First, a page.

Accreditation: This course is accredited by ASRT - an approved continuing education provider of ARRT.
Release Date: 5/1/2015
Expiration Date: 5/31/2021

Medical Imaging of Adult Neuropsychiatric Disorders: Applications for MRI and PET

Vicki L. Sanders, MSRS, RRA RT(R)(CV)

Assistant Professor, Department of Radiologic Sciences, Midwestern State University, Wichita Falls, Texas.
Address correspondence to Vicki L. Sanders MSRS RRA, RT(R)(CV), Assistant Professor, Department of Radiologic Sciences, Midwestern State University, Wichita Falls, Texas. Bridwell Hall Room #230, 3410 Taft Blvd, Wichita Falls, TX 76301. E-mail:

Disclosures: Ms Sanders reports having no significant financial or advisory relationships with corporate organizations related to this activity.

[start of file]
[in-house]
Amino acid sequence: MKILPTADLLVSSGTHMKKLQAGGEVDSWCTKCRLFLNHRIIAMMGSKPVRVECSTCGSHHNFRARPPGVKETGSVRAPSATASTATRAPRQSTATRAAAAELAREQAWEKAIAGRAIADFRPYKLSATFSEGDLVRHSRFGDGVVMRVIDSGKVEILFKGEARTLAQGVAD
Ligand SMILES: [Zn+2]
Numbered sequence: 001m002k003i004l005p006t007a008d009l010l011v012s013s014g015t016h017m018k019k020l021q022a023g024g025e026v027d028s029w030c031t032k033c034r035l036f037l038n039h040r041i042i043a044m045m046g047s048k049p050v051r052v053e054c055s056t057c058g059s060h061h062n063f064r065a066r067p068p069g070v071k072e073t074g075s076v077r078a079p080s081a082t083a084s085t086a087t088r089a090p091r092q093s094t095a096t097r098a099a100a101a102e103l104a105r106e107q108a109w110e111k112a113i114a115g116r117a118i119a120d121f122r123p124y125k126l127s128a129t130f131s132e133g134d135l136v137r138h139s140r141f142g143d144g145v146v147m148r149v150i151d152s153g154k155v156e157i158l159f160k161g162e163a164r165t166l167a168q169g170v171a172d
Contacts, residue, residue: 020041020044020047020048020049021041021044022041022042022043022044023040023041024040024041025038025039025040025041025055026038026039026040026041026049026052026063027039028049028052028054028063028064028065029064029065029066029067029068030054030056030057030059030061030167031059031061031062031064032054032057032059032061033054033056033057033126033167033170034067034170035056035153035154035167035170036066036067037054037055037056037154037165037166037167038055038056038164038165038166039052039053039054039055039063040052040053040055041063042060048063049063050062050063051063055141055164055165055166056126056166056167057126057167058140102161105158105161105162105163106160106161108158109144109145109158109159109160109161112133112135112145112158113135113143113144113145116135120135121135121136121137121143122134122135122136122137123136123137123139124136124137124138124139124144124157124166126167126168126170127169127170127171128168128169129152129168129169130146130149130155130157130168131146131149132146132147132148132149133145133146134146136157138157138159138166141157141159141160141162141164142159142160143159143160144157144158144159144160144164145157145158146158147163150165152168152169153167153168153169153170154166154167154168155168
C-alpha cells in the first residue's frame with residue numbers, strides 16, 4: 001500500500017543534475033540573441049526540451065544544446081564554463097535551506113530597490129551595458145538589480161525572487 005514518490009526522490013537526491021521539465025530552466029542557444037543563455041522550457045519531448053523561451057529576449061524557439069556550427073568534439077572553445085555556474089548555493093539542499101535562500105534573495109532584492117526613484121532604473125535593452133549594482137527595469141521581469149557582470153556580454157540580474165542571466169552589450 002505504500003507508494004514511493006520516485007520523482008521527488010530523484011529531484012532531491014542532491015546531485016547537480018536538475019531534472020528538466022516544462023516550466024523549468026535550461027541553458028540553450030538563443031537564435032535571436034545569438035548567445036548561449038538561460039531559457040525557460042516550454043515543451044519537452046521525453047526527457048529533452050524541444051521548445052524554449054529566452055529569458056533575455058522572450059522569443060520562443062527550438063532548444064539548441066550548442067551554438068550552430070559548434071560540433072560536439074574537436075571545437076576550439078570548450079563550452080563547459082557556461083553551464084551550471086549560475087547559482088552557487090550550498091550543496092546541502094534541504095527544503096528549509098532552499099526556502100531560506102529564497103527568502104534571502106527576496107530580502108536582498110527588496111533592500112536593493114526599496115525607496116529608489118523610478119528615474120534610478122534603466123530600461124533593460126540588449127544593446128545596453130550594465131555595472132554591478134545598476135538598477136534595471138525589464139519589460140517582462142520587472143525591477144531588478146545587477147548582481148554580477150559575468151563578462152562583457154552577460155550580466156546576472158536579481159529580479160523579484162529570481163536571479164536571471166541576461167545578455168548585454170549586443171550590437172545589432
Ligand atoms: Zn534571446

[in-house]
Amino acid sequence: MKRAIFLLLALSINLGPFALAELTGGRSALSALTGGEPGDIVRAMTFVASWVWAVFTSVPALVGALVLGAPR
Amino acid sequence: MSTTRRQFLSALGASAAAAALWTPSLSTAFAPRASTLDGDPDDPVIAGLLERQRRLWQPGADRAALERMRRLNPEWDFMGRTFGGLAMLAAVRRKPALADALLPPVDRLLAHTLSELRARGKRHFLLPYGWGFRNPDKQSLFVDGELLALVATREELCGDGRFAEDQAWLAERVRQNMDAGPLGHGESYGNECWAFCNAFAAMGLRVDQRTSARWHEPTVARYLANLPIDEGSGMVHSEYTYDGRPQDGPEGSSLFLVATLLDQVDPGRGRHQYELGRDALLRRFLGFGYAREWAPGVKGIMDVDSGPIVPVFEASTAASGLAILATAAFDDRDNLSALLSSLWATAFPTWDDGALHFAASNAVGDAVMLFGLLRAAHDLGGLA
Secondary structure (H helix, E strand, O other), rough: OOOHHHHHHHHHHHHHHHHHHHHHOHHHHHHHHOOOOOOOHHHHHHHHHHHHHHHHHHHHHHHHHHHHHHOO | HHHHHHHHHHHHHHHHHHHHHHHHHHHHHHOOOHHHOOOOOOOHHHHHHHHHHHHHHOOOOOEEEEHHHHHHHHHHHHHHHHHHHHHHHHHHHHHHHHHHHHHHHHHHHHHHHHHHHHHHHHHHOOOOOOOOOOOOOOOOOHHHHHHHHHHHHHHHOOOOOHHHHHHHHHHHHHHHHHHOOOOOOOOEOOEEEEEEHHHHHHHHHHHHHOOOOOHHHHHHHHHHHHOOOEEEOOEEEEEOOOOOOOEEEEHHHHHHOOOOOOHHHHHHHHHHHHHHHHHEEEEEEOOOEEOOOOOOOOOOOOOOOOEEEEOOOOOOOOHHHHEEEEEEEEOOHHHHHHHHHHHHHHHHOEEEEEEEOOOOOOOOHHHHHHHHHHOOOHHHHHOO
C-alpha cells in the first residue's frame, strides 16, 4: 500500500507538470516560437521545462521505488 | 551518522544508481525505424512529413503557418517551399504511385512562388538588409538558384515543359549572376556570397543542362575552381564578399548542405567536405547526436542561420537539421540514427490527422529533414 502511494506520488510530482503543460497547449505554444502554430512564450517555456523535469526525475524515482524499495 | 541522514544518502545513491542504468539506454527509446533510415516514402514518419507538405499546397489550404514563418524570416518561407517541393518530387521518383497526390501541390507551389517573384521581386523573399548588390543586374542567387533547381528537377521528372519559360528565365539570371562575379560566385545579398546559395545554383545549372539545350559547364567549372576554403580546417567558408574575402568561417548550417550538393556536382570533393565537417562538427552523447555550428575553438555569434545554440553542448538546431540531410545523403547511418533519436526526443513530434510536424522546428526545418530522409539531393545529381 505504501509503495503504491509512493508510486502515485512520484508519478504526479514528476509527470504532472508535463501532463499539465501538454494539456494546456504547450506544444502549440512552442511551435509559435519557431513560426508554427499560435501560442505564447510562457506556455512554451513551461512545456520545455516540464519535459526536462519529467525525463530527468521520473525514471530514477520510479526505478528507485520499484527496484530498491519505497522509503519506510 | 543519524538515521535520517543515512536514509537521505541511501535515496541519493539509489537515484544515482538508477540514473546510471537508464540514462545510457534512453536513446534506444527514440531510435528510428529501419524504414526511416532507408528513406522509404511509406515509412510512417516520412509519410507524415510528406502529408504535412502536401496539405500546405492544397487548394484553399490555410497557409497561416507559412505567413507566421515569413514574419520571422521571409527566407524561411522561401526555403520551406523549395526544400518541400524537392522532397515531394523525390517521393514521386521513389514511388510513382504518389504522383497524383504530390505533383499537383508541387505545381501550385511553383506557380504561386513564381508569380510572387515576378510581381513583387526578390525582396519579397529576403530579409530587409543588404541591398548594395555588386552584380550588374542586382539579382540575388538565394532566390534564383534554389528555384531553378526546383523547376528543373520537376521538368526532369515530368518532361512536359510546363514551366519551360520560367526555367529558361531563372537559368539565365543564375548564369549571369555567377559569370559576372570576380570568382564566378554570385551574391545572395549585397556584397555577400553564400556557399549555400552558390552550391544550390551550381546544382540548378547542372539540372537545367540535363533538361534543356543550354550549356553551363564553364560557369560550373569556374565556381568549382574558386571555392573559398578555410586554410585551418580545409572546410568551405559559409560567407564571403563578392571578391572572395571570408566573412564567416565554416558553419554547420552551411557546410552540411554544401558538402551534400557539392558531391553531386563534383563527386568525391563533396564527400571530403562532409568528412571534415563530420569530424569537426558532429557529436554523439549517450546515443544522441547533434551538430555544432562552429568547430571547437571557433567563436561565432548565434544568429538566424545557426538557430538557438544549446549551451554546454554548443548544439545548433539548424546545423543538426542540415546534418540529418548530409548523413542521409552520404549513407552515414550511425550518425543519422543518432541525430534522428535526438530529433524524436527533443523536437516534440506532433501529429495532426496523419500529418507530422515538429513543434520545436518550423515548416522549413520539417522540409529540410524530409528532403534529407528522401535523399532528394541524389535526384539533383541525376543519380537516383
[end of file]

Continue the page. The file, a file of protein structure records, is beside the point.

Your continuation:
Neuroimaging studies using advancements in magnetic resonance imaging (MRI) applications and positron emission tomography (PET) imaging have begun to provide neurobiologic correlation to neuropsychiatric disorders. Although the use of imaging is limited as a diagnostic or screening tool for neuropsychiatric disorders, technologists in research facilities may be directly involved in the imaging of patients with these disorders. Structural MRI techniques of diffusion weighted imaging, diffusion tensor imaging, voxel-based morphometry, fractional anisotropy, and magnetic resonance spectroscopy can be used to evaluate the neural structure, volume, and metabolite concentrations. Functional imaging techniques, such as functional MRI and PET imaging, are used to evaluate metabolic changes in the brain. With continued evaluation of neuropsychiatric disorders, imaging has the potential of providing early markers for disease for improved diagnosis and treatment. This article will review the medical imaging methods used in evaluation of neuropsychiatric disorders, explain the definitions and symptoms of selected neuropsychiatric disorders, discuss the anatomy and function of the brain structures thought to be involved in neuropsychiatric disorders, and illustrate the most reported image findings of major neuropsychiatric disorders such as schizophrenia, mood disorders, and anxiety disorders.

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